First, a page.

For the longest time, Al Pacino, the student of Method acting (in Lee Strasberg's Actors Studio) had been famous in the American film industry for delving deep into the characters. There were times when the directors had feared that he would not return. One of them swore once that he saw Pacino's character leave the actor's body.
Sidney Lumet, who had collaborated with Al Pacino in Serpico and Dog Day Afternoon, had said that "if the day's work demanded a lunatic, he was a lunatic all day long." Passion is strong evidence of Al Pacino's career. His addiction to the rush of crawling inside gangsters, cops, heroes, scum, Satan, has not abated one jot.
At present, Al Pacino is not seen much on the celebrity circuit but has remained in the memory of Hollywood as the greatest method actor of all time. In recent times, he made his appearances in Once Upon A Time In Hollywood, The Irishman, or Amazon Prime Video's Hunters. But it is vital to know that Al Pacino was more than just a supporting cast in Hollywood. In his recently appeared films, you cannot exactly observe Al Pacino and unravel his layers and layers of talent.
When you go back to films such as The Godfather Trilogy, Serpico, The Scent of A Woman and watch his performance on screen, it wouldn't take a second guess for you to unravel his nuanced skills. He adapts, evolves, breathes his last, and meets the demands of the characters and not the actors.
A quality that had been strongly noticed in his performance as Michael Corleone in The Godfather trilogy. Directed by Francis Ford Coppola, against all advice who nearly fired Al Pacino for under-emoting, Pacino entered Godfather as the soft-hearted, doe-eyed American boy, with combed hair, clean set of clothes, in light shades, with the face of an innocent boy. You wouldn't say that he hailed from a family of gangsters. He swiftly moves his eyes, like an anxious man when he is about to commit his first murder. By then Michael does not realise but the audience consciously knows that he has already entered his father's dark den. His clothes were darker, the lights which were on him no longer had the same effect. His expressions were more intense. He didn't need lengthy dialogues, to explain himself.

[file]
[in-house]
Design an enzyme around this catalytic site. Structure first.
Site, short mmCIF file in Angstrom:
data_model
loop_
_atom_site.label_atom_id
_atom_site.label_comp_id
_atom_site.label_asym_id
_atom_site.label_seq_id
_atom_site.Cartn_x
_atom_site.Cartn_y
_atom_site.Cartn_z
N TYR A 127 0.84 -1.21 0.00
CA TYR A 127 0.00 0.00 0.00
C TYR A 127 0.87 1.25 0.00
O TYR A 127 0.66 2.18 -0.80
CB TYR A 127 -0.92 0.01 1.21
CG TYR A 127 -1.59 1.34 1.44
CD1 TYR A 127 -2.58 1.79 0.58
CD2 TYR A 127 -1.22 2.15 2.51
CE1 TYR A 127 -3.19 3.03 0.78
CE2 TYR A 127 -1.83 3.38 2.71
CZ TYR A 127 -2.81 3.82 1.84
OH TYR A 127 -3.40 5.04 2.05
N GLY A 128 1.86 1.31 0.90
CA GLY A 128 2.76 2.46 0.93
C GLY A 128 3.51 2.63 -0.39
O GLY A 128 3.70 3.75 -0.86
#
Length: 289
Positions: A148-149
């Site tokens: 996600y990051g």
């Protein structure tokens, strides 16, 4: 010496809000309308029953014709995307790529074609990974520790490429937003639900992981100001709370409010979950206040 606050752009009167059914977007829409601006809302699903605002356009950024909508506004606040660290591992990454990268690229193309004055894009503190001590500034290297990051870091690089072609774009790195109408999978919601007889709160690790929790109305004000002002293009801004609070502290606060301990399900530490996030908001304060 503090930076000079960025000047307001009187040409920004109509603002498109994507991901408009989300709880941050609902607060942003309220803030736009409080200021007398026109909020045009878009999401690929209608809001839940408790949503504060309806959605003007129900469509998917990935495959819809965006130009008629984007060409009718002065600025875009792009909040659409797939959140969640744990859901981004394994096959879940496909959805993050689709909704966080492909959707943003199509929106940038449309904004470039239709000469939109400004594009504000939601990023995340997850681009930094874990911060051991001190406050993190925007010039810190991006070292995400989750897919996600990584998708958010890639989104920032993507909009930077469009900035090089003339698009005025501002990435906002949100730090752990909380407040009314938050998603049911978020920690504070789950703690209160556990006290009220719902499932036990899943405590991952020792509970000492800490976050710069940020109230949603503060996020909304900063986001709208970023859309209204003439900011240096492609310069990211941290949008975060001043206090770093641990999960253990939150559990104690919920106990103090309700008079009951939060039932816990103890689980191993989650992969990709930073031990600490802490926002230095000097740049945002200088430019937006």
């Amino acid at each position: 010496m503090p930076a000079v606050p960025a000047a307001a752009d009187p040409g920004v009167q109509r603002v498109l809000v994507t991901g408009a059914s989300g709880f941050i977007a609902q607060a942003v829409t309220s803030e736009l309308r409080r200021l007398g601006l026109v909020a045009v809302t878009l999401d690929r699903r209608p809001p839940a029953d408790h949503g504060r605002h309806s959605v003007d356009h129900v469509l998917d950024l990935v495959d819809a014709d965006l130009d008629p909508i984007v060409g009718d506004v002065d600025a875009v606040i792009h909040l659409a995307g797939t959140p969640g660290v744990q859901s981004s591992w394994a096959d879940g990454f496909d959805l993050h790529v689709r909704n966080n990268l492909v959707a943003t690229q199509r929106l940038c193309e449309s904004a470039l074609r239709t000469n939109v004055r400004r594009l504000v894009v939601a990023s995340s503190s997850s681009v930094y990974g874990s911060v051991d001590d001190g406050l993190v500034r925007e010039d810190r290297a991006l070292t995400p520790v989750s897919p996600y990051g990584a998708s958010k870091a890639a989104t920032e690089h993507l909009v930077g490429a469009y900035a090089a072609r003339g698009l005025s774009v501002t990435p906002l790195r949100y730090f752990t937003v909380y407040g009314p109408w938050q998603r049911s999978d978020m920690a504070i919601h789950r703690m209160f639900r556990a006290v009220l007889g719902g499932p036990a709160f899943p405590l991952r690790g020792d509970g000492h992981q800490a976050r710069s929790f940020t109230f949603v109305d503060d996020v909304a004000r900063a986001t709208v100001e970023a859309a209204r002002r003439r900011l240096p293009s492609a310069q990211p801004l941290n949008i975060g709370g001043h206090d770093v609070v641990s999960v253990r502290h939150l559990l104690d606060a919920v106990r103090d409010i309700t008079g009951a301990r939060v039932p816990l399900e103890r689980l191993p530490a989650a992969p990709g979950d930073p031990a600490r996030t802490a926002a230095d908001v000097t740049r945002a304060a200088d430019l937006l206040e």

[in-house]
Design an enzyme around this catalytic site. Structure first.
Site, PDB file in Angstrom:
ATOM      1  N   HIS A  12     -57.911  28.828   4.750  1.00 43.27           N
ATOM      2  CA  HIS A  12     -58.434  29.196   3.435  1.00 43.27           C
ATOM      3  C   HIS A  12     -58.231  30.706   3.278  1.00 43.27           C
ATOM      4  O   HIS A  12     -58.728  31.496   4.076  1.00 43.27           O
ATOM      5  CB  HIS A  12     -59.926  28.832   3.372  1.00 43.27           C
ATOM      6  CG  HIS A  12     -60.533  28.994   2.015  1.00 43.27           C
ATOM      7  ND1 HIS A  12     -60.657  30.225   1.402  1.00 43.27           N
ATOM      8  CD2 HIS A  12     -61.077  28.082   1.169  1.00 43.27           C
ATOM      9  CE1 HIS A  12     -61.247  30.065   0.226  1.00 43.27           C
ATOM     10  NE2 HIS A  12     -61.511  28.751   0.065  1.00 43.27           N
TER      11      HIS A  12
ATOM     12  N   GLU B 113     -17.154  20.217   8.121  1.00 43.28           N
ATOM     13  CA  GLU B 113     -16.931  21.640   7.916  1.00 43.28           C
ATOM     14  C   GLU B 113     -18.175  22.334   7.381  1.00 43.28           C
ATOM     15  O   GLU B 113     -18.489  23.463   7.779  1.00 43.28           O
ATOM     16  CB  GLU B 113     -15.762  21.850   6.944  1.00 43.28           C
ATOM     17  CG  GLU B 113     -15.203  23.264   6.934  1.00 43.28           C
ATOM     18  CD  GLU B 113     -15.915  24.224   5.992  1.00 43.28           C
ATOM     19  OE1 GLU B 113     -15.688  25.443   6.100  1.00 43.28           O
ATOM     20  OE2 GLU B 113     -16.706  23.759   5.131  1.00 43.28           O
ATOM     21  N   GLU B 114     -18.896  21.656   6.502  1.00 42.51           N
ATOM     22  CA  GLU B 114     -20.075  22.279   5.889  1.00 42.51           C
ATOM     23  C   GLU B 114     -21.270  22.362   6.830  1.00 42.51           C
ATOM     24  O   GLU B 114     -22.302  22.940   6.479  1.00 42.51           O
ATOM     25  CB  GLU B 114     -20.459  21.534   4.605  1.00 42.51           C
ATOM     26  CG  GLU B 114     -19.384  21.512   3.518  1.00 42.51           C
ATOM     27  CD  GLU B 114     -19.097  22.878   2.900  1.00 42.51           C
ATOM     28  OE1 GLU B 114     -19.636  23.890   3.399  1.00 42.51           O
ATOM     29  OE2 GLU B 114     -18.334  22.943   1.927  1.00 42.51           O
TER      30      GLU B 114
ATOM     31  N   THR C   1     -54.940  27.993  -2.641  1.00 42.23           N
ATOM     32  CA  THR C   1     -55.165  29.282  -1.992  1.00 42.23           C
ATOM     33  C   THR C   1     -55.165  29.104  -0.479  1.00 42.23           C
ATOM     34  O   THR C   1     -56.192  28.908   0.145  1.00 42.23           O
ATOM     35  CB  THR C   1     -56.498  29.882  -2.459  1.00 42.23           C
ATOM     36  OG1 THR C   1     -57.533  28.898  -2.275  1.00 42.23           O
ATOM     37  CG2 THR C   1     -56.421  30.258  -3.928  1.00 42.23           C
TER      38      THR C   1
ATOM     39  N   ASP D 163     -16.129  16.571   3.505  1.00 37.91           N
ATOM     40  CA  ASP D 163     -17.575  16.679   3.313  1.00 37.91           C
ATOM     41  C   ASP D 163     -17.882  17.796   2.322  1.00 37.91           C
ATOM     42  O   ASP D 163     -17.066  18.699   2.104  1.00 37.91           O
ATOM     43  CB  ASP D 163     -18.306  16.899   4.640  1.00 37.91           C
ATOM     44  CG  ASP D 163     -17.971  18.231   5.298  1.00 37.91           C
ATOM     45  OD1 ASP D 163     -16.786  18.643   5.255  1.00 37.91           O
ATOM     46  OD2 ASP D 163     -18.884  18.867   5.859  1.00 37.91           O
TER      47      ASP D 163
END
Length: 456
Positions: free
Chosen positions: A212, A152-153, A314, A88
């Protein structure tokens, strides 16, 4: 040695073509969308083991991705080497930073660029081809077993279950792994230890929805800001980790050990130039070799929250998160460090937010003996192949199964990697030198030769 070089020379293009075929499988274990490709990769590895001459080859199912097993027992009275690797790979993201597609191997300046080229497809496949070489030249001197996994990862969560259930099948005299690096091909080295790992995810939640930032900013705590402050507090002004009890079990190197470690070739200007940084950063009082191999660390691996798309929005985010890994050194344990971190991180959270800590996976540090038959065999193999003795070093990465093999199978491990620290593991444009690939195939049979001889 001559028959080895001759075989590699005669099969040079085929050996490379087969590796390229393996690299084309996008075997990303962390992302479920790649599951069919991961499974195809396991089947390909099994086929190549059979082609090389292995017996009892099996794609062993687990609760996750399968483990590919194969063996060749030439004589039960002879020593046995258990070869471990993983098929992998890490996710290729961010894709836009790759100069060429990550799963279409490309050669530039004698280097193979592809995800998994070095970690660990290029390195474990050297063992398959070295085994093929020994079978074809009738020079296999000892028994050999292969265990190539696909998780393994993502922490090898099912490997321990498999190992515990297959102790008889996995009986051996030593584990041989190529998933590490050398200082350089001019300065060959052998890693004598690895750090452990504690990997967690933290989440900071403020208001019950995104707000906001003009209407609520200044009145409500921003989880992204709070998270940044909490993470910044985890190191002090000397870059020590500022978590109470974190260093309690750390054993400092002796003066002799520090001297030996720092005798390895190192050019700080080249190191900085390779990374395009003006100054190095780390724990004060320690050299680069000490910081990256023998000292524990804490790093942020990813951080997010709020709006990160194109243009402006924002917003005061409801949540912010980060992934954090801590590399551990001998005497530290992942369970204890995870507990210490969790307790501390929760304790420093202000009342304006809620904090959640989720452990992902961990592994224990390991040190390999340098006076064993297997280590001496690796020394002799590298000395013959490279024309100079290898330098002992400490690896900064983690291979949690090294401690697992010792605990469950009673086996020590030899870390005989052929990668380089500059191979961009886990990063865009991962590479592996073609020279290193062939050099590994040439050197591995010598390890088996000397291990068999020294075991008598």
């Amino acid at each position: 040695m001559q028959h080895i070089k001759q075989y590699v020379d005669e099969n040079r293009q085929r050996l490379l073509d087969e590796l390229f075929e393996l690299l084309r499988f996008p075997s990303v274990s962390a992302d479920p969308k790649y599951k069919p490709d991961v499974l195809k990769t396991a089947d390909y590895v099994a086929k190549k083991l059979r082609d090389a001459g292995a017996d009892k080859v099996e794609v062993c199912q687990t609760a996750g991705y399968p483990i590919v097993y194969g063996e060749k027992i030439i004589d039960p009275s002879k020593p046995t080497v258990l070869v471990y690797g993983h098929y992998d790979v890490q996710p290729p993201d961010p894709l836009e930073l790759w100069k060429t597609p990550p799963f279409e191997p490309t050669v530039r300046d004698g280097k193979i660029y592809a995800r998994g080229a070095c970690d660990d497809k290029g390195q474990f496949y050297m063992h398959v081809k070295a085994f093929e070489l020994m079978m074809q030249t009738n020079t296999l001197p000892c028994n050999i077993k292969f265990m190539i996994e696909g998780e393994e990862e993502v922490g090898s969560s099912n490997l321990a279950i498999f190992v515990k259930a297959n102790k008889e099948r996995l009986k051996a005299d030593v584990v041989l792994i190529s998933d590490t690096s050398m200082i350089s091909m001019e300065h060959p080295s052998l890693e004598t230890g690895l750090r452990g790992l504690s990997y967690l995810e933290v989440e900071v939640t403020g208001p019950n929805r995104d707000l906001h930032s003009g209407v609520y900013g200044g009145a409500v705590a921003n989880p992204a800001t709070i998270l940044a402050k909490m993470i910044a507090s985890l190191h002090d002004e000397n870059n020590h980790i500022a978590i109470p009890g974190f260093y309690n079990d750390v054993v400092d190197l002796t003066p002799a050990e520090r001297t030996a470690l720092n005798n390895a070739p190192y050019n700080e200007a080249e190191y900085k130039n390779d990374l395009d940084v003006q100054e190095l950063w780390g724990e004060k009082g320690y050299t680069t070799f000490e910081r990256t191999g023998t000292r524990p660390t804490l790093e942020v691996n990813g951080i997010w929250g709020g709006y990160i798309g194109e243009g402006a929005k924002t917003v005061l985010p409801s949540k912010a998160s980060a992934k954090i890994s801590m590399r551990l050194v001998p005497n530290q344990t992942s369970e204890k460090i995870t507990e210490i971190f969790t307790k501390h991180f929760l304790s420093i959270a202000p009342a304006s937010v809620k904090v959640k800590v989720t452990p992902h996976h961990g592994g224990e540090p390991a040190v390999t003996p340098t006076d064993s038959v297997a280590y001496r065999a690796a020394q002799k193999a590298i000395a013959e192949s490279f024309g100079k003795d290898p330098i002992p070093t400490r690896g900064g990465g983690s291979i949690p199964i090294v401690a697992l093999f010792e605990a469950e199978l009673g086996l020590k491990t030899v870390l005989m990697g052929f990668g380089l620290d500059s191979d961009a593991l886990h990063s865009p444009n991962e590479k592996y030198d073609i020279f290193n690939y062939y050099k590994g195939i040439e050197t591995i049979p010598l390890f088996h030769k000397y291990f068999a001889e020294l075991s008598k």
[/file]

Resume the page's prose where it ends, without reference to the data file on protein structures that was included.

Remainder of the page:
From the moment Michael enters the hospital where his wounded father was about to be finished off, Pacino whispered to Brando assuring him that he is here to stay.
It's a declaration of the son's new standing: in film frame, acting fraternity, fiction. His jaw and cheek soon crushed by a crooked cop's terrible blow, Pacino speaks in something like Brando's distinctive Vito Corleone voice for much of the rest of the film. After the near-hit, amid chaos and hysteria, Michael sits in his father's room, legs crossed, emerging as a still, sure point of authority. His presence composes the shot. How swiftly, seamlessly, Al Pacino morphs his clean-cut Marine into Mafia assassin, man into the gun, sights locked on to the main chance for stardom and success. You can see the adrenalin high taking hold as Michael slips into acting the role of killer and don - and finds it good.
This article has been written based on the availed information on actor Al Pacino, in books written by William Schoells' Al Pacino: In Films And On Stage, and Kathreen Murphy's Dancing On High Wire.